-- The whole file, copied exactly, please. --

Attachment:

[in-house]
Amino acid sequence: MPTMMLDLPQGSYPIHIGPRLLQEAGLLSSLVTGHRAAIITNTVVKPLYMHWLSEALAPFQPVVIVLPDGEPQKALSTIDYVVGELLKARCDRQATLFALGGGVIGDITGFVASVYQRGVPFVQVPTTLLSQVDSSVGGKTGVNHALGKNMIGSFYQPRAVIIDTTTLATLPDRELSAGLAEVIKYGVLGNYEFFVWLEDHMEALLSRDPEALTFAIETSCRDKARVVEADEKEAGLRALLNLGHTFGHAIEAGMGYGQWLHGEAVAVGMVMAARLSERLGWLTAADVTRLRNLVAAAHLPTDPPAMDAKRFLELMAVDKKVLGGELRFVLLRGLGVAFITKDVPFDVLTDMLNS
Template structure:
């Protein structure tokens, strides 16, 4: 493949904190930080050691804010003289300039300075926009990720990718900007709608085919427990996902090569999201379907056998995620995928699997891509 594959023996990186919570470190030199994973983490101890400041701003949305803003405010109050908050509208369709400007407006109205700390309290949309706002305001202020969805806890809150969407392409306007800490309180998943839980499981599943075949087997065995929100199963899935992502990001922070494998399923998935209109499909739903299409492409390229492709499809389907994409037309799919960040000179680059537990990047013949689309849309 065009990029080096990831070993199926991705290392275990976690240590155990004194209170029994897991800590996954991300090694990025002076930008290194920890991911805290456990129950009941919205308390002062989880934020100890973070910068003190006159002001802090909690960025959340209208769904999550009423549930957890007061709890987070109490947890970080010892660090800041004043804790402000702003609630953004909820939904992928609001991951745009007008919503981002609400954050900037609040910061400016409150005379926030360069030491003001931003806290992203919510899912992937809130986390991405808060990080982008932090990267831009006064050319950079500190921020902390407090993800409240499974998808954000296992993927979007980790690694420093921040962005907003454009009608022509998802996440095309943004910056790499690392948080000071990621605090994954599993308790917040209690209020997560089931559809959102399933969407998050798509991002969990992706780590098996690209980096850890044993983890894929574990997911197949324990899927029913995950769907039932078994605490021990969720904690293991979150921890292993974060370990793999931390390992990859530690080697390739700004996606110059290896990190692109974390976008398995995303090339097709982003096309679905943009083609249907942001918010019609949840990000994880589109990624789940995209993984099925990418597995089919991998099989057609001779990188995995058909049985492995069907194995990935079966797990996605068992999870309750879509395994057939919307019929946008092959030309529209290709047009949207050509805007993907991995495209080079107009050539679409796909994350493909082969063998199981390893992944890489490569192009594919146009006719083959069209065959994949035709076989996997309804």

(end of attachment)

[in-house]
Amino acid sequence: MPTMMLDLPQGSYPIHIGPRLLQEAGLLSSLVTGHRAAIITNTVVKPLYMHWLSEALAPFQPVVIVLPDGEPQKALSTIDYVVGELLKARCDRQATLFALGGGVIGDITGFVASVYQRGVPFVQVPTTLLSQVDSSVGGKTGVNHALGKNMIGSFYQPRAVIIDTTTLATLPDRELSAGLAEVIKYGVLGNYEFFVWLEDHMEALLSRDPEALTFAIETSCRDKARVVEADEKEAGLRALLNLGHTFGHAIEAGMGYGQWLHGEAVAVGMVMAARLSERLGWLTAADVTRLRNLVAAAHLPTDPPAMDAKRFLELMAVDKKVLGGELRFVLLRGLGVAFITKDVPFDVLTDMLNS
Template structure:
């Protein structure tokens, strides 16, 4: 493949904190930080050691804010003289300039300075926009990720990718900007709608085919427990996902090569999201379907056998995620995928699997891509 594959023996990186919570470190030199994973983490101890400041701003949305803003405010109050908050509208369709400007407006109205700390309290949309706002305001202020969805806890809150969407392409306007800490309180998943839980499981599943075949087997065995929100199963899935992502990001922070494998399923998935209109499909739903299409492409390229492709499809389907994409037309799919960040000179680059537990990047013949689309849309 065009990029080096990831070993199926991705290392275990976690240590155990004194209170029994897991800590996954991300090694990025002076930008290194920890991911805290456990129950009941919205308390002062989880934020100890973070910068003190006159002001802090909690960025959340209208769904999550009423549930957890007061709890987070109490947890970080010892660090800041004043804790402000702003609630953004909820939904992928609001991951745009007008919503981002609400954050900037609040910061400016409150005379926030360069030491003001931003806290992203919510899912992937809130986390991405808060990080982008932090990267831009006064050319950079500190921020902390407090993800409240499974998808954000296992993927979007980790690694420093921040962005907003454009009608022509998802996440095309943004910056790499690392948080000071990621605090994954599993308790917040209690209020997560089931559809959102399933969407998050798509991002969990992706780590098996690209980096850890044993983890894929574990997911197949324990899927029913995950769907039932078994605490021990969720904690293991979150921890292993974060370990793999931390390992990859530690080697390739700004996606110059290896990190692109974390976008398995995303090339097709982003096309679905943009083609249907942001918010019609949840990000994880589109990624789940995209993984099925990418597995089919991998099989057609001779990188995995058909049985492995069907194995990935079966797990996605068992999870309750879509395994057939919307019929946008092959030309529209290709047009949207050509805007993907991995495209080079107009050539679409796909994350493909082969063998199981390893992944890489490569192009594919146009006719083959069209065959994949035709076989996997309804």